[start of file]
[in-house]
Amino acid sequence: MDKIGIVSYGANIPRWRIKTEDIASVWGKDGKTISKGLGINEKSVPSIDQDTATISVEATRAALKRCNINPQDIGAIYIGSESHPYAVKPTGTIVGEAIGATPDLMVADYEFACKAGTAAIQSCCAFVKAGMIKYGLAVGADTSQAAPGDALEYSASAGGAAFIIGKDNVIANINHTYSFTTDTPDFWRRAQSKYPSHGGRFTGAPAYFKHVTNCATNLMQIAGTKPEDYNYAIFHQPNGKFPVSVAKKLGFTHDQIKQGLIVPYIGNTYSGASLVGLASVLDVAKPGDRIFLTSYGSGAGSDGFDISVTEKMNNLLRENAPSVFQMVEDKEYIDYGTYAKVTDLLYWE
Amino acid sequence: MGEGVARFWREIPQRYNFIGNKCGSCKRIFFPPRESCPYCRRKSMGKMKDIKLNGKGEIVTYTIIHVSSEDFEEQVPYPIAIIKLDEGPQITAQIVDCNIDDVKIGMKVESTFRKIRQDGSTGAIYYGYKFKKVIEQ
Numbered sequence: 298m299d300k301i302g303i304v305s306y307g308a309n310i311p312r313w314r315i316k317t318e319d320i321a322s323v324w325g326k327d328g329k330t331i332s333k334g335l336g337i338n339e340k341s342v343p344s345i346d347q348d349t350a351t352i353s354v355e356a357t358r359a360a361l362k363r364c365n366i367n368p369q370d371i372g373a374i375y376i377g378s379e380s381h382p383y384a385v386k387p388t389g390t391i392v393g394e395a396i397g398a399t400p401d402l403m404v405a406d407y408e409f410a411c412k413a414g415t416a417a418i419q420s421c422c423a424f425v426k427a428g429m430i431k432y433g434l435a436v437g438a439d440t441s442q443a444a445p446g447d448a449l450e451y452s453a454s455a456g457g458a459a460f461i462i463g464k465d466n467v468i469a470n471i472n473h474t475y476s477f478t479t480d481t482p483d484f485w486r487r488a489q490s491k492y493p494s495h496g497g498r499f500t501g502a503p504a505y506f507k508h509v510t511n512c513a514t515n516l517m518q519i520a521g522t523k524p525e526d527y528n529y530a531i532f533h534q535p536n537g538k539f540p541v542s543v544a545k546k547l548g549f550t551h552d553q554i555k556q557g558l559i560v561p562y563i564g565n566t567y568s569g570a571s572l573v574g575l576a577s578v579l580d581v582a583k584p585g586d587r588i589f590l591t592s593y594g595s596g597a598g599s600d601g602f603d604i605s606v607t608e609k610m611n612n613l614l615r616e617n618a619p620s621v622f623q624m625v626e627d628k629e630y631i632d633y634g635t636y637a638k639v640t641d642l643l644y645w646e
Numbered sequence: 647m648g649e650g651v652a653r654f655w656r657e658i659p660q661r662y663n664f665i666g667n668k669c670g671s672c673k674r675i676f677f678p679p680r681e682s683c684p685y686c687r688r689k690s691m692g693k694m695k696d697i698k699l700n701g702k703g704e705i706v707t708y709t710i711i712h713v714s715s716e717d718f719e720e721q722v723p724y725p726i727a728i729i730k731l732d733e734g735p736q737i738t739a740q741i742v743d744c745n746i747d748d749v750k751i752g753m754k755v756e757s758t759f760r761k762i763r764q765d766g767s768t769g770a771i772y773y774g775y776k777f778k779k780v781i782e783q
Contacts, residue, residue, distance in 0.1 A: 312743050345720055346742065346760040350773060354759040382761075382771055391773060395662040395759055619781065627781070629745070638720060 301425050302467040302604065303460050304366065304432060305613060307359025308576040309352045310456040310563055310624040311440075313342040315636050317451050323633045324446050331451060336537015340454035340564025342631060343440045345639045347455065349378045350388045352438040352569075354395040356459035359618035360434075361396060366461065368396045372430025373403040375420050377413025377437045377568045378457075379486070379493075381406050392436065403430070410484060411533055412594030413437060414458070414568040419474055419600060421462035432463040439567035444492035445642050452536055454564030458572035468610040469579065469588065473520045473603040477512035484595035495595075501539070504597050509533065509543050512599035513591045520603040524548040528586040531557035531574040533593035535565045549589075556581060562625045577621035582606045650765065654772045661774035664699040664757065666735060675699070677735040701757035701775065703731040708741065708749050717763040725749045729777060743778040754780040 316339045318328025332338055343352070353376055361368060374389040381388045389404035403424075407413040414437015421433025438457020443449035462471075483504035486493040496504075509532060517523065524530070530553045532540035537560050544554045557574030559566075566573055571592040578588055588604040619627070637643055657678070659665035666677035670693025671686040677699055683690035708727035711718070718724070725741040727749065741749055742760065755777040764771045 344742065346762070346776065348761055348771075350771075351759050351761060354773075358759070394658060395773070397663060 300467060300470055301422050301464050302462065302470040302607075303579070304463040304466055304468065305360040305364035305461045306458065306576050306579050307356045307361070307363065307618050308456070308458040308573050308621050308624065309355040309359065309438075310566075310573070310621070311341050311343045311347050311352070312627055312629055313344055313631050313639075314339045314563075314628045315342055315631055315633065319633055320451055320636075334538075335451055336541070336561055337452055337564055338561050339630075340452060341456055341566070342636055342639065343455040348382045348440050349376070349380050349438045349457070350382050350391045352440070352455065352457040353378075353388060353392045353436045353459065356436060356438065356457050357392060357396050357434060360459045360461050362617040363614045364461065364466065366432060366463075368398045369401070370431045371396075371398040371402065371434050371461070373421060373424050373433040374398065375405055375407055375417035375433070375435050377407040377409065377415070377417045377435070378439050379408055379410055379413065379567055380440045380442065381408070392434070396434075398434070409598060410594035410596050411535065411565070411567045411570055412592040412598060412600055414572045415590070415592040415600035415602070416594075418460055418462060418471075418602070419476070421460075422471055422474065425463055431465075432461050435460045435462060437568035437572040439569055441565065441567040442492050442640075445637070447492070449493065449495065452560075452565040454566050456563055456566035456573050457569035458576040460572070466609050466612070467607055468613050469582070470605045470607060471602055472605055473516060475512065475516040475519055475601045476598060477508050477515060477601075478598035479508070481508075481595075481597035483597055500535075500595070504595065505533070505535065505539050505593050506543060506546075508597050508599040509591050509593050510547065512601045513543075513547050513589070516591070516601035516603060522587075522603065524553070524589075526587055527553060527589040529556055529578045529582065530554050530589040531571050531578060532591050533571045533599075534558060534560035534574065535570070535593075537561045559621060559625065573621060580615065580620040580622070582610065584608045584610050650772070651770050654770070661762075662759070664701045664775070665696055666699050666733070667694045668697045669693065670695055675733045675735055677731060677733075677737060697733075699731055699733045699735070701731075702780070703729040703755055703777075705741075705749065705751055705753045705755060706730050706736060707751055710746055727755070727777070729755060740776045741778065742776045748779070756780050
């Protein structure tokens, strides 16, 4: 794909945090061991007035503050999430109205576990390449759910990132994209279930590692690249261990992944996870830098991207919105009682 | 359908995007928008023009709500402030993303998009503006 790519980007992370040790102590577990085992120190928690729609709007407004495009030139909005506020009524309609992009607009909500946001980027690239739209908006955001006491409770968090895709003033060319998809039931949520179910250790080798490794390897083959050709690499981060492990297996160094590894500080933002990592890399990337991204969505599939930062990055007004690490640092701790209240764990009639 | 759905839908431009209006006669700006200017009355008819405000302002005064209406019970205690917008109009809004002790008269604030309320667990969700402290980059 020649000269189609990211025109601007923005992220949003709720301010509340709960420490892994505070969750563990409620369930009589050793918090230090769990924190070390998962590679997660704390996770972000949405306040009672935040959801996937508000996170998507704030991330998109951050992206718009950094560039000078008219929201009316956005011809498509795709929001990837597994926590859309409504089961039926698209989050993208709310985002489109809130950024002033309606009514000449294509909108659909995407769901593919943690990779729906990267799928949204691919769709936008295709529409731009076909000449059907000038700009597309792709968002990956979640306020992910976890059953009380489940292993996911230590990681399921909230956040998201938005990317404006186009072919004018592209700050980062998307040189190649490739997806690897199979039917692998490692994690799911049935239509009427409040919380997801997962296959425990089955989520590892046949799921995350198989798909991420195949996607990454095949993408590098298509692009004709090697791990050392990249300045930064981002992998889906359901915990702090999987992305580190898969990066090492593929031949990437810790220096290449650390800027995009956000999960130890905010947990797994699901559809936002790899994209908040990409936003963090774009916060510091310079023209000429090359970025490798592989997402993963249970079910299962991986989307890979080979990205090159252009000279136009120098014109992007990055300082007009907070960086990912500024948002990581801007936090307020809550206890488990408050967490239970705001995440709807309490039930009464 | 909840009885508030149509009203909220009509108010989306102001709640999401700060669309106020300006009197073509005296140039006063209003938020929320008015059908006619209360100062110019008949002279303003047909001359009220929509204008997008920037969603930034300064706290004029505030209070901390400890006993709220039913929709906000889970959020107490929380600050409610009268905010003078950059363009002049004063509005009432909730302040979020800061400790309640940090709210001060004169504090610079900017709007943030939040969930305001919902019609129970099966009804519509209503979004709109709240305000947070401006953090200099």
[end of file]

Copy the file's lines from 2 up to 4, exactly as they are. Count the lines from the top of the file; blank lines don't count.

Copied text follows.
Amino acid sequence: MDKIGIVSYGANIPRWRIKTEDIASVWGKDGKTISKGLGINEKSVPSIDQDTATISVEATRAALKRCNINPQDIGAIYIGSESHPYAVKPTGTIVGEAIGATPDLMVADYEFACKAGTAAIQSCCAFVKAGMIKYGLAVGADTSQAAPGDALEYSASAGGAAFIIGKDNVIANINHTYSFTTDTPDFWRRAQSKYPSHGGRFTGAPAYFKHVTNCATNLMQIAGTKPEDYNYAIFHQPNGKFPVSVAKKLGFTHDQIKQGLIVPYIGNTYSGASLVGLASVLDVAKPGDRIFLTSYGSGAGSDGFDISVTEKMNNLLRENAPSVFQMVEDKEYIDYGTYAKVTDLLYWE
Amino acid sequence: MGEGVARFWREIPQRYNFIGNKCGSCKRIFFPPRESCPYCRRKSMGKMKDIKLNGKGEIVTYTIIHVSSEDFEEQVPYPIAIIKLDEGPQITAQIVDCNIDDVKIGMKVESTFRKIRQDGSTGAIYYGYKFKKVIEQ
Numbered sequence: 298m299d300k301i302g303i304v305s306y307g308a309n310i311p312r313w314r315i316k317t318e319d320i321a322s323v324w325g326k327d328g329k330t331i332s333k334g335l336g337i338n339e340k341s342v343p344s345i346d347q348d349t350a351t352i353s354v355e356a357t358r359a360a361l362k363r364c365n366i367n368p369q370d371i372g373a374i375y376i377g378s379e380s381h382p383y384a385v386k387p388t389g390t391i392v393g394e395a396i397g398a399t400p401d402l403m404v405a406d407y408e409f410a411c412k413a414g415t416a417a418i419q420s421c422c423a424f425v426k427a428g429m430i431k432y433g434l435a436v437g438a439d440t441s442q443a444a445p446g447d448a449l450e451y452s453a454s455a456g457g458a459a460f461i462i463g464k465d466n467v468i469a470n471i472n473h474t475y476s477f478t479t480d481t482p483d484f485w486r487r488a489q490s491k492y493p494s495h496g497g498r499f500t501g502a503p504a505y506f507k508h509v510t511n512c513a514t515n516l517m518q519i520a521g522t523k524p525e526d527y528n529y530a531i532f533h534q535p536n537g538k539f540p541v542s543v544a545k546k547l548g549f550t551h552d553q554i555k556q557g558l559i560v561p562y563i564g565n566t567y568s569g570a571s572l573v574g575l576a577s578v579l580d581v582a583k584p585g586d587r588i589f590l591t592s593y594g595s596g597a598g599s600d601g602f603d604i605s606v607t608e609k610m611n612n613l614l615r616e617n618a619p620s621v622f623q624m625v626e627d628k629e630y631i632d633y634g635t636y637a638k639v640t641d642l643l644y645w646e